And the Progressives and the Theocrats can form their own new political parties and we’ll see how the next election shakes out.

    I know for damned sure that if Congress were split 35% Democrat, 30% Republican, 20% Theocon and 15% Progressive we’d end up with much better legislation based on real consensus building and old fashioned horse trading. I bet we’d also see a lot less rabid partisanship.

    dave

    Dave

  • http://drdreadful.blogspot.com Dr Dreadful

    I’m pretty much with you, Dave. As usual, Realist’s plethora of URLs (it is possible to over-cite, you know) made my eyes glaze over after a few sentences, but I would say he’s pretty much caught the general mood of those Democrats who are outside Congress and the presidential race.

    I do, however, take serious issue with the concluding couple of phrases: “Authority is about the will of the Majority… Anything else spouts evil.”

    Which is exactly why no country on Earth practices direct democracy.

    Just scary.

  • http://www.republicofdave.com Dave Nalle

    I do, however, take serious issue with the concluding couple of phrases: “Authority is about the will of the Majority… Anything else spouts evil.”

    As we all know, the will of the majority can be oppressive if it violates the rights of the minority, a fact which the left regularly chooses to overlook, and one of the cornerstones of what makes them the main likely agents of oppression in the US in the future.

    And MR, one of the reasons we don’t want Hillary elected is that one of the things she would make war on is our basic rights.

    Dave

  • http://drdreadful.blogspot.com Dr Dreadful

    As we all know, the will of the majority can be oppressive if it violates the rights of the minority, a fact which the left regularly chooses to overlook

    So is it the left or the right, Dave, which has been the most vociferous in supporting the rights of gays and lesbians to marry, although the majority opinion in this country is apparently against?

  • http://www.republicofdave.com Dave Nalle

    Oh, it’s the left, Dr. D. No question. I don’t think they have done so as a matter of principle, however. More as an effort to cement a political alliance.

    Their record is a lot less positive on recent property rights and free speech issues, I’m afraid.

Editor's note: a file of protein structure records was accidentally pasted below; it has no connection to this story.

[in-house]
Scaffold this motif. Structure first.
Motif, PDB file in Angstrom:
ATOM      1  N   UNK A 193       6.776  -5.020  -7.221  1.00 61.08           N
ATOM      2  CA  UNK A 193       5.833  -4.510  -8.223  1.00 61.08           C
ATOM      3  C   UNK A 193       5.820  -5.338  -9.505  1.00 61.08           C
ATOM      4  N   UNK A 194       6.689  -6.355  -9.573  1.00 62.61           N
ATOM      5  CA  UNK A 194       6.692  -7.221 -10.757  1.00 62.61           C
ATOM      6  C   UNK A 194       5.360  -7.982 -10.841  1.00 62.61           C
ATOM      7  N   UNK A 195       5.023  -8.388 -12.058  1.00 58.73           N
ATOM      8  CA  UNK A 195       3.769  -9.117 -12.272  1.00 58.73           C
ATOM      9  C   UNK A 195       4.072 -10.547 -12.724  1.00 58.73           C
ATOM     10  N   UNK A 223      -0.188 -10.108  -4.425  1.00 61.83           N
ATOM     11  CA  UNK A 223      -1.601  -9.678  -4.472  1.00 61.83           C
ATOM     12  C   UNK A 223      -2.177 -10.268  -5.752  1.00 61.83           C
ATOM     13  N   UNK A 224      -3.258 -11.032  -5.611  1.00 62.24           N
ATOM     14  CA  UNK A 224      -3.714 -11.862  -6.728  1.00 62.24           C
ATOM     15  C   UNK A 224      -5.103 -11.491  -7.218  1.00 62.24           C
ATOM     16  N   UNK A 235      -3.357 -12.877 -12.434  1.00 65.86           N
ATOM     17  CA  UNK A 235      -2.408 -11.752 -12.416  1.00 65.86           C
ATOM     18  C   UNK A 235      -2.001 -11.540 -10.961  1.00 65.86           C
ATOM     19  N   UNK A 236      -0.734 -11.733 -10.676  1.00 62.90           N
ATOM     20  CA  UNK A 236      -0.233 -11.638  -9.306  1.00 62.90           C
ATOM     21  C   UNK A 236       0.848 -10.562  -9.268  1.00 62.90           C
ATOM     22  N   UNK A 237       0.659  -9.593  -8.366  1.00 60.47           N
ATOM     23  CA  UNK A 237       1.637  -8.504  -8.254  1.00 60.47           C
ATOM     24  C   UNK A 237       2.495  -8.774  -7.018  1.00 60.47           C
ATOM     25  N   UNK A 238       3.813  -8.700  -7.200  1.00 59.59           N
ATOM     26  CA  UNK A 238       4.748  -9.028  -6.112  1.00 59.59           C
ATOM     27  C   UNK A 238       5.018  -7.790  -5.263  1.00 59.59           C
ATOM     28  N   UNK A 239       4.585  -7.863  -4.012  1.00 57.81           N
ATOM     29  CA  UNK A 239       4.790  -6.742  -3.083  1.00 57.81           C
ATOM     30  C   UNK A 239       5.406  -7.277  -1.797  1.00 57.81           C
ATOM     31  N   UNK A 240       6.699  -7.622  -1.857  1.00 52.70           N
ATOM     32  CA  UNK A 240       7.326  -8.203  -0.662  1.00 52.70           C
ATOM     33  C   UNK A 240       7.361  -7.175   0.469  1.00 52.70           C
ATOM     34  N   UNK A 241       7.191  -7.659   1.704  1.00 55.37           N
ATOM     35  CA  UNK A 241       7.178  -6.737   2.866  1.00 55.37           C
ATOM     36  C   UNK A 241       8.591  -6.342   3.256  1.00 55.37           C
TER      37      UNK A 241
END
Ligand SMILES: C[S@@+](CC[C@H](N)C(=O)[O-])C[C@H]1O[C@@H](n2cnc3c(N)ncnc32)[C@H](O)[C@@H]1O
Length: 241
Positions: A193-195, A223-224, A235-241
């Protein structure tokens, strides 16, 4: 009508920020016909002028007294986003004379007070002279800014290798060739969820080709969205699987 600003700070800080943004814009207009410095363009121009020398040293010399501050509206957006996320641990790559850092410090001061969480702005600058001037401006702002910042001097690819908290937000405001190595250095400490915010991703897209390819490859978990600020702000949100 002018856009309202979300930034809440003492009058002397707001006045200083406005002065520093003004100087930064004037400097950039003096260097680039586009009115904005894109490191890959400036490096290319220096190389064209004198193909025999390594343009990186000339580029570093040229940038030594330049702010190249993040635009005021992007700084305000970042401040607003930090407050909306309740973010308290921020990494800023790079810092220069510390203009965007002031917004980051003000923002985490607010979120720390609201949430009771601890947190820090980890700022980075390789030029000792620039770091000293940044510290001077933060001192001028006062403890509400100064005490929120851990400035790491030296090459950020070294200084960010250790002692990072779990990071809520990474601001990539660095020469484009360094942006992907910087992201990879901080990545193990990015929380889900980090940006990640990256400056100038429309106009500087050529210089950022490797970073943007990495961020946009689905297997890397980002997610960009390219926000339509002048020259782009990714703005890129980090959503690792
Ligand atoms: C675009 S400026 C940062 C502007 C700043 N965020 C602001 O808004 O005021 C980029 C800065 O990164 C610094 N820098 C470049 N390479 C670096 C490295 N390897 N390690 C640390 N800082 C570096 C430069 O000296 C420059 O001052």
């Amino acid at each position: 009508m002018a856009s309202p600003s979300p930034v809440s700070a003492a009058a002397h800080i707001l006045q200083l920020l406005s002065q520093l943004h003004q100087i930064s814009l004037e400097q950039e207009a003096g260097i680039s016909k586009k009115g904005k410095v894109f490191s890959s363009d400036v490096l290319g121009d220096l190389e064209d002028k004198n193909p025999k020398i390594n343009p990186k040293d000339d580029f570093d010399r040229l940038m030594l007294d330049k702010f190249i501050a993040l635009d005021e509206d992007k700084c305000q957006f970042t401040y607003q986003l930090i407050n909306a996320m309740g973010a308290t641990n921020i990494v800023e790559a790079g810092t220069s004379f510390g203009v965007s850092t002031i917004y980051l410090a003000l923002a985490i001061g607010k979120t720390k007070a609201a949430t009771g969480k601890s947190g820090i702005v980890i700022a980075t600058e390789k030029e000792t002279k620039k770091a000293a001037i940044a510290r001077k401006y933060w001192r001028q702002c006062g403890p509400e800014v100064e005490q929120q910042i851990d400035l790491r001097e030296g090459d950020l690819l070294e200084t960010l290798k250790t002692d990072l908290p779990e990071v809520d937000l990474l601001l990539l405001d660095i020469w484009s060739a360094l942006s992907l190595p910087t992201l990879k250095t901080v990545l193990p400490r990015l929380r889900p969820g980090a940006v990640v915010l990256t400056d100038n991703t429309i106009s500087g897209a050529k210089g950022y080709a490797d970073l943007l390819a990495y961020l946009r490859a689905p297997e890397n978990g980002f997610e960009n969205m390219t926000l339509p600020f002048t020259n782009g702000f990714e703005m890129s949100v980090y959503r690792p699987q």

Dave

  • http://handyfilm.blogspot.com/ handyguy

    one of the reasons we don’t want Hillary elected is that one of the things she would make war on is our basic rights.

    Will you ever stop writing this type of overheated hyperbolic bullshit? You are capable of better. It’s destructive and despicable.

    If you’re going to accuse someone of making war on your basic rights [a year before the election!], cite some specifics and some evidence, other than your own bias.

  • http://www.republicofdave.com Dave Nalle

    Will you ever stop writing this type of overheated hyperbolic bullshit? You are capable of better. It’s destructive and despicable.

    No, Handy. I think Hillary Clinton is dangerous to the Republic and to the rights of every citizen. If you saw a threat like that would you feel you ought to remain silent just to be nice?

    If you’re going to accuse someone of making war on your basic rights [a year before the election!], cite some specifics and some evidence, other than your own bias.

    “Many of you are well enough off that the tax cuts may have helped you. We’re saying that for America to get back on track, we’re probably going to cut that short and not give it to you. We’re going to take things away from you on behalf of the common good.”

    “We must stop thinking of the individual and start thinking about what is best for society.”

    “Merit pay to individual teachers would discourage teachers from helping troubled students and would create a distorted competition among teachers. I don’t think that’s a very good way to inspire teachers.”

    “I know there are some who believe that vouchers are the way to improve our public schools; I believe they are dead wrong.”

    “I stand in support of this common sense legislation to license everyone who wishes to purchase a gun. I also believe that every new handgun sale or transfer should be registered in a national registry.”

    “It’s time for a new beginning, for an end to government of the few, by the few and for the few, time to reject the idea of an ‘on your own’ society and to replace it with shared responsibility for shared prosperity. I prefer a ‘we’re all in it together’ society.”

    Ok,, those are just some quotes, and there are plenty of other issues of concern where good quotes are less easy to come by.